By Emma Silvers
By Gary Moskowitz
By Alee Karim
By Ian S. Port
By Ian S. Port
By Derek Opperman
By Emma Silvers
By Alee Karim
Martin Luther is explaining the Trojan-horse strategy he's devised for breaking out of his billing as San Francisco's best-kept soul secret. He punches up a song on his Macintosh, sending a lilting, melodic riff out into his claustrophobic Hunters Point home studio, a crisp drum machine tapping out the tempo of a ballad. "This could be the only time for us/ Baby take your time/ Don't you rush," Luther sings. The tune's seduction is as straightforward as drawn shades and rose petals on pillowcases.
Luther clicks his mouse and stops the playback. "R&B radio," he indicates. "But when you come see me [live], it's more like this." Another click, and a guitar part with vintage fuzz begins to scold a drummer's funky beat. On this version, Luther whisper-raps to the object of his lust, rather than sings. "You came here for ...?" he asks, before a woman purrs back, "I miss your dick." Luther has transformed himself from Babyface to Prince -- his lyrics dwelling on swapping bodily fluids, while the band gropes for release in the background.
"Relatively the same song -- the same music, the same tempo," he says of the two cuts, both of which he plans to release on his forthcoming second album, Rebel Soul Music. "But the difference between my studio tracks, which could get play on KMEL[-FM, 106.1], and my live material, which can rock out, can be big." Luther's shows often get much heavier than his pornographic Prince tribute -- he's got a Deftones sticker on his microwave, and the chords played by Luther and his guitarist B'Nai can crunch almost as fiercely.
On the surface, his plan seems to involve mixing pop music's two most shameless cash-cow sounds -- velvety-plush R&B and heavy guitar riffing -- but such tools are necessary to complete his ultimate vision. "Rebel soul music" is more than the name of his record, he explains: "It'll hopefully be the sound of a new American music genre." Agreeing that something is stirring, the New York Times put Luther's photo at the top of its story on the new black rock movement -- i.e., the hip hop generation finding its way to the guitar. Luther lists lo-fi soulster Cody ChestnuTT, singer/bassist Me'Shell NdegéOcello, Bad Brains-influenced vocalist Santi White, spoken word artist Saul Williams, and Mos Def's Black Jack Johnson band as his contemporaries, with Jimi Hendrix, Sly Stone, and Funkadelic as his founding fathers.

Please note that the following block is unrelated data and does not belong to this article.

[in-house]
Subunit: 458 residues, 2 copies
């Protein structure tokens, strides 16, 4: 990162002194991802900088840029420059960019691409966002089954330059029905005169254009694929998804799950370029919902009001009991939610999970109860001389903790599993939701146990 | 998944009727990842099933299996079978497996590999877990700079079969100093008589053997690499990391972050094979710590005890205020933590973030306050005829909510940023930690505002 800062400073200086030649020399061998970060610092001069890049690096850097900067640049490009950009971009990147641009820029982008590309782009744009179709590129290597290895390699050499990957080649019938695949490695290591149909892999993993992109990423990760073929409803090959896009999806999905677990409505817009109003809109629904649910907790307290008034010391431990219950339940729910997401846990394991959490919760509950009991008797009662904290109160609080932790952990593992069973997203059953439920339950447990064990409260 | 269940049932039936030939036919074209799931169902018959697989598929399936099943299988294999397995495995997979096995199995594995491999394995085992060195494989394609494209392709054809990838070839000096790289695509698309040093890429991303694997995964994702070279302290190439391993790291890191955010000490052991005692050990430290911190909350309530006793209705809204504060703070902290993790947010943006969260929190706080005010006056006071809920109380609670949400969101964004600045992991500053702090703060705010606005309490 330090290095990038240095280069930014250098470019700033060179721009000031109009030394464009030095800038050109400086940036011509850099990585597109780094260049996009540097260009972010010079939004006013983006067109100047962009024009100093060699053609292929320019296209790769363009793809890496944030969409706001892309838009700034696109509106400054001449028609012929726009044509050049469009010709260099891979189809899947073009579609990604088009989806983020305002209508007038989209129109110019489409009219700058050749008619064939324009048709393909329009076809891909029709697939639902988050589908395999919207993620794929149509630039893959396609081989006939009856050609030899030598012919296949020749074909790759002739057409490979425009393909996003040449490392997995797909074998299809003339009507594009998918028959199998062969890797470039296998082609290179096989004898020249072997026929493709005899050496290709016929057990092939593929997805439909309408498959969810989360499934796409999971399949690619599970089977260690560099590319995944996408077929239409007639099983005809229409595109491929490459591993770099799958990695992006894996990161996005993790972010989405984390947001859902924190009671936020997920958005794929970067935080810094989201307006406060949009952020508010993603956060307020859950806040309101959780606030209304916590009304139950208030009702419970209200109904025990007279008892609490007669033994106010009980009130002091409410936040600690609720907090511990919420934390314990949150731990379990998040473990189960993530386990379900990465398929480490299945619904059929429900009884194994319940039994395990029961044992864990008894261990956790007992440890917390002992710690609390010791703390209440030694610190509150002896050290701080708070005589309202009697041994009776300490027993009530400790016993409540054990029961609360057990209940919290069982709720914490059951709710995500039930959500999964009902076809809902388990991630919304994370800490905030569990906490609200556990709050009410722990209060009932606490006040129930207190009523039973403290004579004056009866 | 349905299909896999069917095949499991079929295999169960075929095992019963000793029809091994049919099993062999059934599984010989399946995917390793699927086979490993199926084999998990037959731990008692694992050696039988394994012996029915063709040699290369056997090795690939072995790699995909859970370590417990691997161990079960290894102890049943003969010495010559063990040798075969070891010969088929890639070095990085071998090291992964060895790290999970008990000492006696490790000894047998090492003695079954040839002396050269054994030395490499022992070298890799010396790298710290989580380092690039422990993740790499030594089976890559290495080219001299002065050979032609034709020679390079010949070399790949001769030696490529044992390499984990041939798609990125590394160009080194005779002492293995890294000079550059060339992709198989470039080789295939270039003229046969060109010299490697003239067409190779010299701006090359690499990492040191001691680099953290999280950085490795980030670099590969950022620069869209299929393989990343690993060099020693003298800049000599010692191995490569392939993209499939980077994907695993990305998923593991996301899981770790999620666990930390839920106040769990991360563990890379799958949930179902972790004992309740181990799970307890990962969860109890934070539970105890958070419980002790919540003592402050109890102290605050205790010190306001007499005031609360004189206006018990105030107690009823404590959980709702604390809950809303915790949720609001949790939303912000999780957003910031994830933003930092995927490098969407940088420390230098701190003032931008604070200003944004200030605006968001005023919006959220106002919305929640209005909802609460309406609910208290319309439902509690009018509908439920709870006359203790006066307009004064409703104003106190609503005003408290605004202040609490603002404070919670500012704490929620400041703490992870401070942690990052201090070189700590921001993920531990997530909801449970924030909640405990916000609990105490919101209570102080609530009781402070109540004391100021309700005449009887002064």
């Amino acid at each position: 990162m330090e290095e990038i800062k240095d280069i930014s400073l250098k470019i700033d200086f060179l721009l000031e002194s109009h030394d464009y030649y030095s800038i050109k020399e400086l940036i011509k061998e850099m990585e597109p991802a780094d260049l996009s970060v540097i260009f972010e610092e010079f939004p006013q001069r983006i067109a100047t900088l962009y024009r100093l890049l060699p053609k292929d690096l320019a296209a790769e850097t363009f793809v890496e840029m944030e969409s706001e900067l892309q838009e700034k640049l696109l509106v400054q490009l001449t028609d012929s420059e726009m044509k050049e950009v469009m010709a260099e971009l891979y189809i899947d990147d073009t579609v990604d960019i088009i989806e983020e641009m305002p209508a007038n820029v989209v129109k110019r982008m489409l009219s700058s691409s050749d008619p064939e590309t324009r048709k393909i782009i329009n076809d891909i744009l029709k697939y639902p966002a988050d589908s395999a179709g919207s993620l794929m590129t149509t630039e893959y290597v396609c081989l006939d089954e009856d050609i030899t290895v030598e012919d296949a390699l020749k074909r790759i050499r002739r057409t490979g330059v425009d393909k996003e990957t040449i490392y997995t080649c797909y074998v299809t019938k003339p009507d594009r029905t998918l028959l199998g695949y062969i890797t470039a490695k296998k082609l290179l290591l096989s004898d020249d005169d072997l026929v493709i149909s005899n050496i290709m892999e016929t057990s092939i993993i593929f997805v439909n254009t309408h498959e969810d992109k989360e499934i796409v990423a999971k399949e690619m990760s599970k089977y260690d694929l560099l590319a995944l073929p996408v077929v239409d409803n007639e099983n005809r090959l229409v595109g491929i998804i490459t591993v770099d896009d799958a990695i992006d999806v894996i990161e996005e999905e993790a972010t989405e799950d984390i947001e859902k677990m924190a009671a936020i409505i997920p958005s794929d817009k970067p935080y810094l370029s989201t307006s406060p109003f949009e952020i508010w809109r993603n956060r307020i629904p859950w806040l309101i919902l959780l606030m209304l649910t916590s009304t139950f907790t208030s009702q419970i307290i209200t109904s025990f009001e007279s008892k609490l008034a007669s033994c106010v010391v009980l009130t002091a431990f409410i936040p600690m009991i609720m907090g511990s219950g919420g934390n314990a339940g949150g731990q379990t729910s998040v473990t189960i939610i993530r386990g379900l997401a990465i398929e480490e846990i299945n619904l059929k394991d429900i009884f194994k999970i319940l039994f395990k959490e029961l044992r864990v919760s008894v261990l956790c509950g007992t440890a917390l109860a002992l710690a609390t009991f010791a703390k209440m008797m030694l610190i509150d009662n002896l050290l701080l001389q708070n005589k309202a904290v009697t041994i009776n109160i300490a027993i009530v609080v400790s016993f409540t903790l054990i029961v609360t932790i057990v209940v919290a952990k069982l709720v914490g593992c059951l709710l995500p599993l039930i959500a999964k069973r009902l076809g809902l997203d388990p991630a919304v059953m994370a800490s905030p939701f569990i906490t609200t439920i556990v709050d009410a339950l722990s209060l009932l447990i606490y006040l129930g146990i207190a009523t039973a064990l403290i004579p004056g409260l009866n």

"The best way to think about what Martin Luther's doing," notes Robert Kowal, director of the San Francisco Funk Festival, "is funk as encompassing psychedelic soul and black rock in the tradition of the Temptations' Psychedelic Shack and Curtis Mayfield's Superfly." Since these reference points haven't exactly been embraced during hip hop's ascendancy, Kowal thinks Luther's path to fame will be arduous at times, but not impossible. "What makes him special is that he looks like, and has the musical talent to be, the next Lenny Kravitz, if he wanted to go L.A. with his whole game," Kowal says. "He could easily do the Maxwell thing; he could easily work harder at being a sex symbol than a musician if he wanted to." (Kowal reports that the dozen female volunteers who worked the Funk Festival when Luther performed in November were all smitten with the singer.) "But what's amazing about Martin is that he's so dedicated to making sure that his music is rooted in the old school. And by old school I don't mean retro and disco; I mean old-school protest music."
And therein lies the real vigor in the new black rock movement. These artists aren't just injecting racial diversity into the genre; they're reigniting a long-dormant social consciousness. On "Home," another track prepared for Rebel Soul Music, Luther laments that "My neighborhood's been gentrified," while on "Gang.sta," from his debut disc The Calling, he offers the plea, "Mama, don't letcha baby grow up to be a gangsta," sung over the rumbling engine of a muscle car.
Luther, who grew up in S.F.'s Lakeview neighborhood "doing the same stuff these cats around [Hunters Point] are doing," tries not to glamorize what's happening in the streets. "Lots of people, when they say, "Keep it real,' they're talking about things in a way that perpetuates the way things are," he says. "My keeping it real is looking to shed a little more light on a situation or to find a solution."
Luther, however, is far from the knee-jerk Bay Area liberal. When asked about Sen. Trent Lott's speech supporting Strom Thurmond's racist past, he remarks, "While I can't say I endorse what he said, it sounded to me like he was speaking from the heart, which is something that, if more politicians did, we'd be much better off." And in reference to another recent news item, the baseball-bat beating of a student who looked in on another man in a dorm shower at Atlanta's Morehouse College (Luther's alma mater), he says, "When someone gets beat with a bat, that's not cool, but [neither is] violating someone's personal space. ... If motherfuckers would have came in on me, they would have got they ass whupped too, straight up and down. I definitely wouldn't have taken a bat and tried to kill somebody over it, but the point would have been made." Then, in the next breath, Luther makes an abrupt shift, suggesting the improvement of African-Americans' circumstances will require the redistribution of income.